• Lessons from the Enron scandal, and collusions between large banks and financial institutions during the 2008 financial crisis, indicate that firms that aim at super monopoly profits and are greedy to become powerhouses of the world, often end up in the ditch.

Source: TH

Vaccines are safe for those who are on blood thinners: ICMR


Vaccines are safe for those who are on blood thinners: ICMR

  • Both COVID-19 vaccines approved for emergency use in India — Covaxin and Covishield — are safe for people on blood thinners, Indian Council of Medical Research (ICMR) Director-General Balram Bhargav said on Thursday.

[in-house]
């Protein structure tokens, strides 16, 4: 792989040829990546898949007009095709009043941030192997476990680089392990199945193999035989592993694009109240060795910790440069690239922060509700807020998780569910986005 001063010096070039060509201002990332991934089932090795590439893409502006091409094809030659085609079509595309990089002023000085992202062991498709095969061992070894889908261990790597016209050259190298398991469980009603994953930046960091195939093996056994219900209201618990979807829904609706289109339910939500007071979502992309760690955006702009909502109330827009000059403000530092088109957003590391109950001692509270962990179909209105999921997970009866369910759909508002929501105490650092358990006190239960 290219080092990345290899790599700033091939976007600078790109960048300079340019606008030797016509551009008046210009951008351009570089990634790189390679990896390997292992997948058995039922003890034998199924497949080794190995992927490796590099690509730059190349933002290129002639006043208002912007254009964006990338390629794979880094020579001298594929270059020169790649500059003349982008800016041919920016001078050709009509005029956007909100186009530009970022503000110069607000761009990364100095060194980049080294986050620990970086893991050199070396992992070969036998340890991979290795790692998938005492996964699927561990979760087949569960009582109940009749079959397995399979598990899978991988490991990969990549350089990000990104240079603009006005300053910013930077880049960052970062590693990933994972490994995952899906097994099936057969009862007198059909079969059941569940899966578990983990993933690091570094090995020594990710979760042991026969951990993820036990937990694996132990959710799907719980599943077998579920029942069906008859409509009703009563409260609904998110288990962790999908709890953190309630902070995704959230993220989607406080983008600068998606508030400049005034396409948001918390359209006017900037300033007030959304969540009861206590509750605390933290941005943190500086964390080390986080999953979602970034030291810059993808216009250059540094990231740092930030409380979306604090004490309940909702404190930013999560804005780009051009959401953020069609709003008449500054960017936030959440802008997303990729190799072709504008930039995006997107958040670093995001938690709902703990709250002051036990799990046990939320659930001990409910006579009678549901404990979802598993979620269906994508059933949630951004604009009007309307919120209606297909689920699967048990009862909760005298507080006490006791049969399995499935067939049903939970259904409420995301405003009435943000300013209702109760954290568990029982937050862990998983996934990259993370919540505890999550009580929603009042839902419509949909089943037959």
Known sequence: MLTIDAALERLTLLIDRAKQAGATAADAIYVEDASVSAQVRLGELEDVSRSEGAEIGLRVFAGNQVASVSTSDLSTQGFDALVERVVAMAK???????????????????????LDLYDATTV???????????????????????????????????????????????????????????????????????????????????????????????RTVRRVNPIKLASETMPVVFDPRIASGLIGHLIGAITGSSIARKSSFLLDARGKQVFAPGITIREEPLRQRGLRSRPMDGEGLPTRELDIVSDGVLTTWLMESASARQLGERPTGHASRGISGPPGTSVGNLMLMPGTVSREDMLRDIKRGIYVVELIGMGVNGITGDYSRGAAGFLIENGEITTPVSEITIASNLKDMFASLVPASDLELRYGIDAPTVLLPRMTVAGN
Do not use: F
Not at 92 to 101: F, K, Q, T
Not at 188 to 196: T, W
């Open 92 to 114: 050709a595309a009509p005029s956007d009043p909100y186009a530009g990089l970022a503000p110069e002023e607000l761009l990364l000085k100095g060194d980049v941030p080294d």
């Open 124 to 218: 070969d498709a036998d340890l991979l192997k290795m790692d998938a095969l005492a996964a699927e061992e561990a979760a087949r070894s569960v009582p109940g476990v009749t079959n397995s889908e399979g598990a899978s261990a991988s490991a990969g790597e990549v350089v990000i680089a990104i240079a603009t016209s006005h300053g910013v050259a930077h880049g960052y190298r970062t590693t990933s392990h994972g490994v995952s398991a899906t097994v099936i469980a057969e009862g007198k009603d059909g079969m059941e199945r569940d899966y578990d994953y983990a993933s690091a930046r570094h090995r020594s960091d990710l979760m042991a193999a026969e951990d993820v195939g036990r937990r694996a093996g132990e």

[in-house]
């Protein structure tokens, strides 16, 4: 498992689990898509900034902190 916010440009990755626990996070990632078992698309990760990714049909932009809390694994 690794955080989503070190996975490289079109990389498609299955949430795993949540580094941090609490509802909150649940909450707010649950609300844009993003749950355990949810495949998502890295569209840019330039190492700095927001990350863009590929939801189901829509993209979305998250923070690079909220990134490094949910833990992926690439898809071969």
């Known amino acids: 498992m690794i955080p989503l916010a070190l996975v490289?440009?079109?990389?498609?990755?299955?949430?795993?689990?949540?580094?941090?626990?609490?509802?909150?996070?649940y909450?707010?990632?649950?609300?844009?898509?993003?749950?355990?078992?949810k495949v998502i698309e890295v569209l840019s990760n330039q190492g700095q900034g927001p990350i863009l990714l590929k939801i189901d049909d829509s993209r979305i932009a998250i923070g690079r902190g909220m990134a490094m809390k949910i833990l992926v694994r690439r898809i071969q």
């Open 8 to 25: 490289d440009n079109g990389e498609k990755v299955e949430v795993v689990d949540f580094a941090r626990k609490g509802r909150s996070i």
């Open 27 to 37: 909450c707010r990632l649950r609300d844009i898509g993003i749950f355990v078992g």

• At a Health Ministry press conference, he said manufacturers of both the vaccines had approached the Drugs Controller-General of India (DCGI) for revision of this contraindication on their fact sheets.
  • “Relative contraindications regarding blood thinners have been mentioned in the fact sheets of both the vaccines and both the companies have written to the DCGI regarding revision of this. The revision will happen every soon. Blood thinners are of two categories — anti-platelets and anti-coagulants. For those on anti-platelets like aspirin, the vaccine causes no problem but for those on anti-coagulants, the tendency to bleed is much higher. This is also a relative contraindication and the anti-coagulant can be stopped a day or two before administering the vaccine,” Mr. Bhargav said
  • The Health Ministry added that it was engaging with private stakeholders to look at increasing the future coverage of COVID-19 vaccines.